Obama, Underdog?


Andrew Romano talks to Tom Holbrook, convention bounce sage:

If Obama does get a nice big bump and ends up ahead by six points or so, obviously that's good for his campaign. While it doesn't necessarily predict that he's going to win, it does says that he was undervalued going into the convention and that the ship's finally been righted. The real danger, though, is the "no bump" scenario. Given that the race is relatively tight now, if Obama doesn't get a big bump out of this convention, I think that will say something about how hard it's going to be for him to increase his lead in the polls. If he can't do it substantially over a four-day period when it's all his show, then I think his campaign should be worried about the months ahead.

I'm not sure any of this is worth guessing or anticipating. I do have one observation about the campaign so far, though. Obama's candidacy makes the most sense as an insurgency. The point of his campaign is change - change from the last eight years and from the way Washington plays politics in the Morris-Rove era. When he became the front-runner, got anointed as the establishment candidate, this point got blurred. The worst thing to have happened to him is this premature ascendancy. He actually needs a period when he's behind to get out of this dynamic.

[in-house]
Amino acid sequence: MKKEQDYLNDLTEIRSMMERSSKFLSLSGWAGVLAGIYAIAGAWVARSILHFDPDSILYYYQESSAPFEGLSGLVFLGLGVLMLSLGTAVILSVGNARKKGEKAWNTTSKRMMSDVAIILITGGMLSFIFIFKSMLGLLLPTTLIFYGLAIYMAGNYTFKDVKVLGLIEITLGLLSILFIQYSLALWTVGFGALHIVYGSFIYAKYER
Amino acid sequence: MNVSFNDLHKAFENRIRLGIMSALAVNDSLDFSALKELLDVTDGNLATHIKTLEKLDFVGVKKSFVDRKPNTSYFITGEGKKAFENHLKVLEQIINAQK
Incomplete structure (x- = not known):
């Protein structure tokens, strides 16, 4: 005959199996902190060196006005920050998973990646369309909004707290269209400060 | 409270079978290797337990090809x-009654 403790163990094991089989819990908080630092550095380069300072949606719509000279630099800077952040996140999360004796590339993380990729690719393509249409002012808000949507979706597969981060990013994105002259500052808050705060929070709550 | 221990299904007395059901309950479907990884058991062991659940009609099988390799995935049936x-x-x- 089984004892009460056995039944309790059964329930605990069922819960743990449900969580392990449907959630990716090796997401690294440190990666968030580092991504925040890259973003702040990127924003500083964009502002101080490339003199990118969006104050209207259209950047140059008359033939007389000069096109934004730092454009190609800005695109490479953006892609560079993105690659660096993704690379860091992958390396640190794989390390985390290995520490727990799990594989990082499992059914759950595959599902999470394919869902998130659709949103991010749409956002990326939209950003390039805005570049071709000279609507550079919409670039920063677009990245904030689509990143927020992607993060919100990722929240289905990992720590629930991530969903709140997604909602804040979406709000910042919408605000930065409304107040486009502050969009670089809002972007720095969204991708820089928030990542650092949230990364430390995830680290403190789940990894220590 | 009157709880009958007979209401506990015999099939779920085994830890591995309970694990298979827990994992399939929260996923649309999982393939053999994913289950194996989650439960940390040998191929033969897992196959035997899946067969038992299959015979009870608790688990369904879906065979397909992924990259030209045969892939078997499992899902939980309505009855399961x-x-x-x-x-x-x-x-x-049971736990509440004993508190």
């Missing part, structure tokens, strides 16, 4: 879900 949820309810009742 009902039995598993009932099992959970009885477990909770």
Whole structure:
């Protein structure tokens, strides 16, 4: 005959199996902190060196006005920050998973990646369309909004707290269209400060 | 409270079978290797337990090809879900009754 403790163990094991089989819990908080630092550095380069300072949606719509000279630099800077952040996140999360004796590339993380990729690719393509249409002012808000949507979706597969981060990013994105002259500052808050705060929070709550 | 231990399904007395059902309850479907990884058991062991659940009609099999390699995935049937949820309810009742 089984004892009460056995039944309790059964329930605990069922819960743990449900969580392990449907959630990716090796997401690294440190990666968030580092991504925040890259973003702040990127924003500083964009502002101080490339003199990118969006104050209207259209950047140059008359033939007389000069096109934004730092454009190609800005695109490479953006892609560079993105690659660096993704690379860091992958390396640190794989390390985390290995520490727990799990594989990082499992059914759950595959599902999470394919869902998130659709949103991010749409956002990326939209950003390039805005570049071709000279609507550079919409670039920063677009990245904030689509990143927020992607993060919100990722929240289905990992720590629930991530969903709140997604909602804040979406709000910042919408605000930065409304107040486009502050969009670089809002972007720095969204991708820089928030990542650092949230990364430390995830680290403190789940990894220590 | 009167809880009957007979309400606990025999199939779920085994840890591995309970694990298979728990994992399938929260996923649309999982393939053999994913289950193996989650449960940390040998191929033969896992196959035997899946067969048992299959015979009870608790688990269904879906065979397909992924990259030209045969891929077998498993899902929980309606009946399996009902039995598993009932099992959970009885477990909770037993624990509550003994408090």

Otherwise, McCain becomes the insurgent change-agent against the prematurely anointed one. (Al Giordano's related thoughts are here.)

That's why the Bayh pick, if that's what it turns out to be, could be a very shrewd idea. It creates a Clinton-Gore 1992 dynamic in which a young duo - visually different - somehow amplify the themes of newness and generational change. Against McCain, the theme of generational change is essential to the Obama message. The themes write themselves: change, not more of the same. And: It's the economy, stupid.

(Photo: Emmanuel Dunand/AFP/Getty.)